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Indian Farmers Are Protesting A New Agriculture Law That They Say Will Lead To Corporate Exploitation

Tens of thousands of farmers have flooded the streets across India in an ongoing protest against new laws deregulating agriculture that they say may lower crop prices and lead to corporate exploitation.

Under the three new laws, which were passed in September, the government would no longer serve as a middle man between farmers and companies and guarantee minimum prices for crops.

Prime minister Narendra Modi said the laws will give farmers the freedom to set their own prices and sell directly to companies. However, farmers are concerned the laws could help big companies lower prices as the government would no longer explicitly guarantee minimum prices for crops, as well as corporate takeovers of their small farms, the New York Times reported.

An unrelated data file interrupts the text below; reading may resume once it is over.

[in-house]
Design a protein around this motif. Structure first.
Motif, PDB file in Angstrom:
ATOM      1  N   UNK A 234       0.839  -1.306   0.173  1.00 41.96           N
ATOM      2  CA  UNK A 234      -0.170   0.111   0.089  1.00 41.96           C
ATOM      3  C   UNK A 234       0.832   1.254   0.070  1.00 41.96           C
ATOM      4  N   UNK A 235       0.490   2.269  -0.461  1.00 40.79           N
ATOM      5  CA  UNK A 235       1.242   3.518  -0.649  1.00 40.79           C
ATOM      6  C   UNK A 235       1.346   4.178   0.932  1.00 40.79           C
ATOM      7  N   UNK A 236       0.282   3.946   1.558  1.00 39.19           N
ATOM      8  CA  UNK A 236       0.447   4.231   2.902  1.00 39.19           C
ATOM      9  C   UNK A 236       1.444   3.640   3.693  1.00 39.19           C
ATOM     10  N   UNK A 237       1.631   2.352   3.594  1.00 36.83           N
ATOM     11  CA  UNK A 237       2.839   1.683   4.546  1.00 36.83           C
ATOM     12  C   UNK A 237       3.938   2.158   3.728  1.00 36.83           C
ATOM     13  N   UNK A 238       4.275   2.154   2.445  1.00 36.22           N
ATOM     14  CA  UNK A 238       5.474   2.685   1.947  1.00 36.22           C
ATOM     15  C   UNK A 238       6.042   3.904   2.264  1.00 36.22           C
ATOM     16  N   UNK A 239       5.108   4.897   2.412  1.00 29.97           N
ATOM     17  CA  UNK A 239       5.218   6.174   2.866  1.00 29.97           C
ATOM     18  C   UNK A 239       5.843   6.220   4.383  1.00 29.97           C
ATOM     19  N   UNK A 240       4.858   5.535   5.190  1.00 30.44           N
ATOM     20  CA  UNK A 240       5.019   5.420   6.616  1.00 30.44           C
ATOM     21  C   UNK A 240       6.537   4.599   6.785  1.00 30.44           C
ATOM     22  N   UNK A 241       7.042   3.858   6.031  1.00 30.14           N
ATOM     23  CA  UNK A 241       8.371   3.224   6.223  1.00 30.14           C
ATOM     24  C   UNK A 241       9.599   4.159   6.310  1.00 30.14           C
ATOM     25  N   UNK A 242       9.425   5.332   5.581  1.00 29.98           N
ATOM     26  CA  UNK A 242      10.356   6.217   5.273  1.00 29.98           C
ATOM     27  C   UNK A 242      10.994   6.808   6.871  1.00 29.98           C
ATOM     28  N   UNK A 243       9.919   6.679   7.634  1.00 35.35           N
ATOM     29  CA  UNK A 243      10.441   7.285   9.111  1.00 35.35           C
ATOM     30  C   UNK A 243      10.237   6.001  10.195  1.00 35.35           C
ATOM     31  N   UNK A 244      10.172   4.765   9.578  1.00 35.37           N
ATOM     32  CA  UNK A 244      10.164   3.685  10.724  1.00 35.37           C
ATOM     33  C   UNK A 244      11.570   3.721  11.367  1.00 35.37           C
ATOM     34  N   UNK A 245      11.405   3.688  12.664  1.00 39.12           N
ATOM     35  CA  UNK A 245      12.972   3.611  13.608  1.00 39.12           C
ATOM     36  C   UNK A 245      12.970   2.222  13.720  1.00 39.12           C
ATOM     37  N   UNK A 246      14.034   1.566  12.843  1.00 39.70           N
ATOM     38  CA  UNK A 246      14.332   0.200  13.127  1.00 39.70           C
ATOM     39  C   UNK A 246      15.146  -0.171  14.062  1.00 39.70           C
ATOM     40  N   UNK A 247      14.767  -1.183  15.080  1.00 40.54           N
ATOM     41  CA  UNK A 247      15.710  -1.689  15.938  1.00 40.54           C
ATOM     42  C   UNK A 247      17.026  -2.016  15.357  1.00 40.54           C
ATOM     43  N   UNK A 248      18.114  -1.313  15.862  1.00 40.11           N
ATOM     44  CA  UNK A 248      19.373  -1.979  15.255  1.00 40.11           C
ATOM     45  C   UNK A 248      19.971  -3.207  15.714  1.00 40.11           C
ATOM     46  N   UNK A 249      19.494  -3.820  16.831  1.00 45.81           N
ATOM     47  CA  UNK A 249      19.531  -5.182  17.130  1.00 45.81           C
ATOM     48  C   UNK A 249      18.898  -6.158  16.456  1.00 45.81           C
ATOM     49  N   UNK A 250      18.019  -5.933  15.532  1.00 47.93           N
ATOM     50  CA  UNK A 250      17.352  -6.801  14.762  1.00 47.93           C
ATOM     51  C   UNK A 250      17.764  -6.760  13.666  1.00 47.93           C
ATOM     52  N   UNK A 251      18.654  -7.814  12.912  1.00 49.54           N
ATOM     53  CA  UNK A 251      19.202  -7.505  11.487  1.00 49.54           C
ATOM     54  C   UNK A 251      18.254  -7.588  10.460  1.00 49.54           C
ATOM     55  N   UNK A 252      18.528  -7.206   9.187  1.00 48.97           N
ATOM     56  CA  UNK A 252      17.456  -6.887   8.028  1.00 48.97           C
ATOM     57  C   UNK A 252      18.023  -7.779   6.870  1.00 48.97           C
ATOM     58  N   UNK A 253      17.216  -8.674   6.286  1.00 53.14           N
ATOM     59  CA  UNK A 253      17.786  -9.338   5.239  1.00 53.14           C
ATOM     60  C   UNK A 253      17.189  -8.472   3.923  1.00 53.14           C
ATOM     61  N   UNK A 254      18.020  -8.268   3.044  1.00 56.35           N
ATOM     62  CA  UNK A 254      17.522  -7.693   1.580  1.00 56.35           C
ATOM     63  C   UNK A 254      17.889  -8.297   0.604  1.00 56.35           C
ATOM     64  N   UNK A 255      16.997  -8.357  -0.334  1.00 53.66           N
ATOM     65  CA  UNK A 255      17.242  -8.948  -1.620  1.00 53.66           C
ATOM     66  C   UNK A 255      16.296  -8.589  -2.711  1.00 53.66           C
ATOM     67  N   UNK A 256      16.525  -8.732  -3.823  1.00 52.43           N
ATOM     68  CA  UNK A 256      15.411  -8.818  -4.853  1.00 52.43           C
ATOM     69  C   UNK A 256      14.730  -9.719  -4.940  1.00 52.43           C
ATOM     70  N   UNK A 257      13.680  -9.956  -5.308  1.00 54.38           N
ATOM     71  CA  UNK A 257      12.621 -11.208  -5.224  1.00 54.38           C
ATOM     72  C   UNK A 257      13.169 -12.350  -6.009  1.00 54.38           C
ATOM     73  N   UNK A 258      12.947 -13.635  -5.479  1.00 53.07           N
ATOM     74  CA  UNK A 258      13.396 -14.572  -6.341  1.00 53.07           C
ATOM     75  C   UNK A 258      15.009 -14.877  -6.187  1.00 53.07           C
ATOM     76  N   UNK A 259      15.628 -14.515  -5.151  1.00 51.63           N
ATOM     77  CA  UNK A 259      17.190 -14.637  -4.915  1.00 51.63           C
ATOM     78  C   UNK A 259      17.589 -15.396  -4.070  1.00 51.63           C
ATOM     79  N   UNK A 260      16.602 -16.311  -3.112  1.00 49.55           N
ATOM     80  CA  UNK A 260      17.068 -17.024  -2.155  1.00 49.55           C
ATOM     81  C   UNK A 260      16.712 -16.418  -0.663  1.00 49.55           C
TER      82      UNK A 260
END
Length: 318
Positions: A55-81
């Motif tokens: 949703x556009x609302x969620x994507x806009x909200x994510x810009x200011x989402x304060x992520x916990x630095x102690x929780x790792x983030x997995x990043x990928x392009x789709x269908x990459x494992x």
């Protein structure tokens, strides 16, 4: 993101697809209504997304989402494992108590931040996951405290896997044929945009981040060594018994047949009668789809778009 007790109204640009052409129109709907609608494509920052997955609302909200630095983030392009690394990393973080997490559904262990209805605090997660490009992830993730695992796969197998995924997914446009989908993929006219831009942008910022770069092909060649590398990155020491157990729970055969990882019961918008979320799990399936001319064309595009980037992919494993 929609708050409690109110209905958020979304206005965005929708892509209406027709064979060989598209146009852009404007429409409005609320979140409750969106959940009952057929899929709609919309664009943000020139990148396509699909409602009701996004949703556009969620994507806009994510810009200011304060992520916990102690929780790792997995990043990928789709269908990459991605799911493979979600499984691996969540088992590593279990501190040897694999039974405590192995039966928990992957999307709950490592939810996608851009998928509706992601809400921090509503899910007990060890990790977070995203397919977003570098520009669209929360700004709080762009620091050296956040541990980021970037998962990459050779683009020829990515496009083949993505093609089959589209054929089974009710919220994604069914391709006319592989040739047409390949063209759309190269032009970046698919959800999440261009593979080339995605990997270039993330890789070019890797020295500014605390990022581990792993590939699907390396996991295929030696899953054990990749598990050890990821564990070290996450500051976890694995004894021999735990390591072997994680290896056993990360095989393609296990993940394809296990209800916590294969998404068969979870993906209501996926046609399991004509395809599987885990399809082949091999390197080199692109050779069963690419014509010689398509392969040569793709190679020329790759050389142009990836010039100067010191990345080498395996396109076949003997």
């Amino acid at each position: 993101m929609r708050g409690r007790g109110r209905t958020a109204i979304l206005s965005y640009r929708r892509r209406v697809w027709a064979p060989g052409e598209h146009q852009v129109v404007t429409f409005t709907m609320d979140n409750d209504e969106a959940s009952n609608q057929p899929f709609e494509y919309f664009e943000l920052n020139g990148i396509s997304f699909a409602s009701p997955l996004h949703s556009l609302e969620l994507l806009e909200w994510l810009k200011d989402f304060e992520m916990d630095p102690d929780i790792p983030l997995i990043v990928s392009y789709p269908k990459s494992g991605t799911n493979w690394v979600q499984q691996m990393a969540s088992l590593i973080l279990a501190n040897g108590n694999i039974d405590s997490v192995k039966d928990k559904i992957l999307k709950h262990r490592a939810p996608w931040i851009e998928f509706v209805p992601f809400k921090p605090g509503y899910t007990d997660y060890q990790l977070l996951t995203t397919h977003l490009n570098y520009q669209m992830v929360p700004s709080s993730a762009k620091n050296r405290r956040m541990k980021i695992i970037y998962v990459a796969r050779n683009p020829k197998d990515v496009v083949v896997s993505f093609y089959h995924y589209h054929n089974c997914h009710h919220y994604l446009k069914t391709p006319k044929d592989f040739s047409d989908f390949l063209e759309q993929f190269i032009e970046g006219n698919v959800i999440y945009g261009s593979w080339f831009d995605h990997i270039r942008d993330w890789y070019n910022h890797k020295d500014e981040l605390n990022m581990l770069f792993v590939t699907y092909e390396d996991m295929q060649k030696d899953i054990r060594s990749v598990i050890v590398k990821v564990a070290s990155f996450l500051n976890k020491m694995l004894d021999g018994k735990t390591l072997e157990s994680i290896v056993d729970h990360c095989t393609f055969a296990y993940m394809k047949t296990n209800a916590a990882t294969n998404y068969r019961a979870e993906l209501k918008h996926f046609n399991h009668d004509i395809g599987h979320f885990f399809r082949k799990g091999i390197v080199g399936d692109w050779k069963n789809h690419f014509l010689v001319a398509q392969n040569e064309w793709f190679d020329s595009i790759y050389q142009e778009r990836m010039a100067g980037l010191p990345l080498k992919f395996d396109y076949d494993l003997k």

More than half of India’s workforce of 480 million people are agricultural workers, according to India’s 2011 census, CNN reported.

Farmers began blocking the roads into the capital, New Delhi, last week, and protests have since spread across the country. Authorities have said that they will not repeal the laws, but they could compromise on one of the farmers’ demands by legally ensuring minimum prices for some crops, according to the Times.

The two sides resumed talks on Saturday Dec. 5.

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